The doctor, who also served as surgeon for the Schenectady Police Department, would also be stopped by police. David said officers on patrol would notice his "MD" license plates and ask him whose car he was driving. David added his father always asked for the patrolman's badge number.
Jobs in the operating room always came first.
"Growing up in Schenectady, he would be out the door before we even woke up," David said. "He would come home later, after we got home whether it be from school or anyplace else.
"Vacations could be interrupted, holidays, phone calls at 2 or 3 in the morning when he was on call for emergencies," David added. "I'd be in my bedroom, you'd hear the phone ring and then you'd hear some mumbling and then you'd hear him take a quick shower, get dressed and be out the door in five minutes, heading to the hospital."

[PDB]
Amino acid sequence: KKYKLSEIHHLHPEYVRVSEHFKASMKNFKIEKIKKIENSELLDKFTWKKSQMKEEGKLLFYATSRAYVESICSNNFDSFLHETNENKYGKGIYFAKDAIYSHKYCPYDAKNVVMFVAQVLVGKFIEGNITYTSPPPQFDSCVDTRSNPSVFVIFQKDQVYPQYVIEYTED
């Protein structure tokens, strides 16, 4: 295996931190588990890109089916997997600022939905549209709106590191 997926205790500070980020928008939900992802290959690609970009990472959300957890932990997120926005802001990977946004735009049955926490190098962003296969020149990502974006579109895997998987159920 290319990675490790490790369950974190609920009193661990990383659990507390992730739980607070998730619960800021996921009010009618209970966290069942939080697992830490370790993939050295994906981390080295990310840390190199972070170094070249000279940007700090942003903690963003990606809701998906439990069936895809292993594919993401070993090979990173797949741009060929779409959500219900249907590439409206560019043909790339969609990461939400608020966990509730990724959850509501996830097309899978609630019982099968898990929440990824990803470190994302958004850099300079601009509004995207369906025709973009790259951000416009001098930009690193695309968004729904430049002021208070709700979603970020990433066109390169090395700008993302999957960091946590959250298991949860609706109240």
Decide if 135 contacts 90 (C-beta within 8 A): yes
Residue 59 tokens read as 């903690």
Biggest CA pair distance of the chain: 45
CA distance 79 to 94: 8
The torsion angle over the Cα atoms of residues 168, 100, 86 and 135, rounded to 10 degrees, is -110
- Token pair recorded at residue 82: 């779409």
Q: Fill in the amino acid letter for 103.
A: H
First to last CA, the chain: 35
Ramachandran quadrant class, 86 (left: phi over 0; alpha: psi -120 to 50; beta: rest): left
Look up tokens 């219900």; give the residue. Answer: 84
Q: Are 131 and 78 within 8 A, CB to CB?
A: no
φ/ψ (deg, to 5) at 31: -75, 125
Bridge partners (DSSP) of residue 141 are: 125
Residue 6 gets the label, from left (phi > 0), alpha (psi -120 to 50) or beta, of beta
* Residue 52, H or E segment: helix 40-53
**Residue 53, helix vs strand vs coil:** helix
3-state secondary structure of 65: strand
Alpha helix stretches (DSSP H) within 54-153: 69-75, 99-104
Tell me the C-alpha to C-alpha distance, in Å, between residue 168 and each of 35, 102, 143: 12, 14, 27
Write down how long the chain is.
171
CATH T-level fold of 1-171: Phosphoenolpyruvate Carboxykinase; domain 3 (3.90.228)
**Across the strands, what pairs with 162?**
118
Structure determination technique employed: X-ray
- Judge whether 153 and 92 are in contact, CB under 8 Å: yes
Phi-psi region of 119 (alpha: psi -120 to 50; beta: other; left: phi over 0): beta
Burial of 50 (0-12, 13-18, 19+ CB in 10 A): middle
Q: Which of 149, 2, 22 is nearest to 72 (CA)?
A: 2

David said his father disliked change.
"I think part of why he used to write, and write about things he was passionate about was, he really didn't like the changes he was seeing in the medical profession," he said.
The letter-writing process included pens and legal pads, with Donna always reading and offering advice before the final, typed submission was sent to The Gazette.
"She would always be his second set of eyes," David said.
David believes the final letter could have been written several months ago. And he's not even sure if his father finished it. He does know his father left life on his own terms.
"I think he knew that his time was winding down, and he just needed permission," David said. "His main thing was he wanted one more holiday season. And he got it."